Over time, the sun’s ultraviolet rays damage your skin cells and even your DNA, which can lead to skin cancer. Not all cancers come with warning signs, but squamous cell carcinoma does. It starts out as little rough patches of skin that are often more easily felt than seen. These are called actinic keratoses (AKs), and they are the most common form of precancerous lesions.
The best way to get rid of AKs is to eradicate them with photodynamic therapy, which is our treatment of choice here at Holladay Dermatology in Holladay, Utah. Our patients from throughout the greater Salt Lake City area trust Dr. Robert Topham to provide the highest quality dermatological care based on his extensive experience and expertise.
Dr. Topham uses photodynamic therapy because it’s highly effective and irradiation-free. Here’s how it works.
A word about actinic keratosis
Actinic keratosis is fairly common. According to the Skin Cancer Foundation, more than 58 million Americans have at least one AK somewhere on their body.
After one AK crops up, there’s a good chance you’ll develop more, and there’s also a good chance one or more of them will develop into squamous cell carcinoma, an aggressive, sometimes invasive, form of skin cancer.
AKs typically show up in the places where the sun hits your skin most often: your face, shoulders, ears, neck, scalp, arms, and hands.
The good news is that AKs can be removed with photodynamic therapy.
How photodynamic therapy removes AKs
Our AK photodynamic therapy consists of two important components: a photosensitizing gel and a special LED light source.
Dr. Topham starts by applying Ameluz®, a topical gel containing 10% aminolevulinic acid hydrochloride. This substance is approved for treatment of AKs and should only be administered by a licensed health care provider.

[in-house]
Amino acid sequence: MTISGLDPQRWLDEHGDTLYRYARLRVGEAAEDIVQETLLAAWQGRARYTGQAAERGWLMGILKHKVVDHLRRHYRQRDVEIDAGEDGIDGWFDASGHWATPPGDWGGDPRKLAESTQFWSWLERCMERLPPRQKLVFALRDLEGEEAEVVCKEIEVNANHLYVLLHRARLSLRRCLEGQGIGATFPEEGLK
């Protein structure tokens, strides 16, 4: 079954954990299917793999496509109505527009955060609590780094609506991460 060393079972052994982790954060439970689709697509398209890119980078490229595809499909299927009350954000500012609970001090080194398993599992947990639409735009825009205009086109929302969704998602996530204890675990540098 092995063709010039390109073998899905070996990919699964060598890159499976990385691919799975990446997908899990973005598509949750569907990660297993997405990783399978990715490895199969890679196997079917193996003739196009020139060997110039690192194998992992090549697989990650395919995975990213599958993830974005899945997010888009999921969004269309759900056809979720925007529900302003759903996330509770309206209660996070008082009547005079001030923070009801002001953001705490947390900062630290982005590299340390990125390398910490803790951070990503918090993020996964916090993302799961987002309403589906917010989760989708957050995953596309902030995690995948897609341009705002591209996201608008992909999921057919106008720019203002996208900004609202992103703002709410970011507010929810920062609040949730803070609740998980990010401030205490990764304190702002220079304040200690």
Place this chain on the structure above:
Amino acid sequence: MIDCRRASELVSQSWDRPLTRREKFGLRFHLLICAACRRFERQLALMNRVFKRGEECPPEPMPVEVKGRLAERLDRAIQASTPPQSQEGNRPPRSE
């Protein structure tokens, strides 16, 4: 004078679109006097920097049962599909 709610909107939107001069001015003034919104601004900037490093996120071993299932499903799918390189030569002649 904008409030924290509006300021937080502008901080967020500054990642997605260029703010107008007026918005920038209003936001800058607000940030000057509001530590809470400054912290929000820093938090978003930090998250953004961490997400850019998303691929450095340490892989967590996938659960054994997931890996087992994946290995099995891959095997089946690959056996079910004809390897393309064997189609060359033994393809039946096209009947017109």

It takes skill and experience to prepare the AK for the Ameluz application, and Dr. Topham has both. Once your skin is ready, he applies no more than 2 grams of Ameluz and ensures it’s no more than 1 millimeter thick. He then covers the area with a dressing that keeps the light out while the solution penetrates your skin.
As the substance enters your cells, an enzymatic reaction turns the aminolevulinic acid hydrochloride into protoporphyrin IX, an essential protein in your cells that can cause photosensitivity. And that’s the reaction that allows the next step in photodynamic therapy to work.
After about three hours, Dr. Topham removes the dressing and directs light from the BF-RhodoLED® lamp at the affected area. The now-photosensitive cells absorb the red light and degrade and die.
You need to protect your skin from direct sunlight and other intense light for a couple of days, and you may have some swelling, itching, and scaling skin for a few days to a few weeks, but once the lesions crust over and fall away, you’re left with smoother, AK-free skin and a much lower risk for squamous cell carcinoma.
To get your skin evaluated and your AKs removed, schedule an appointment at Holladay Dermatology by calling 801-272-4408 today.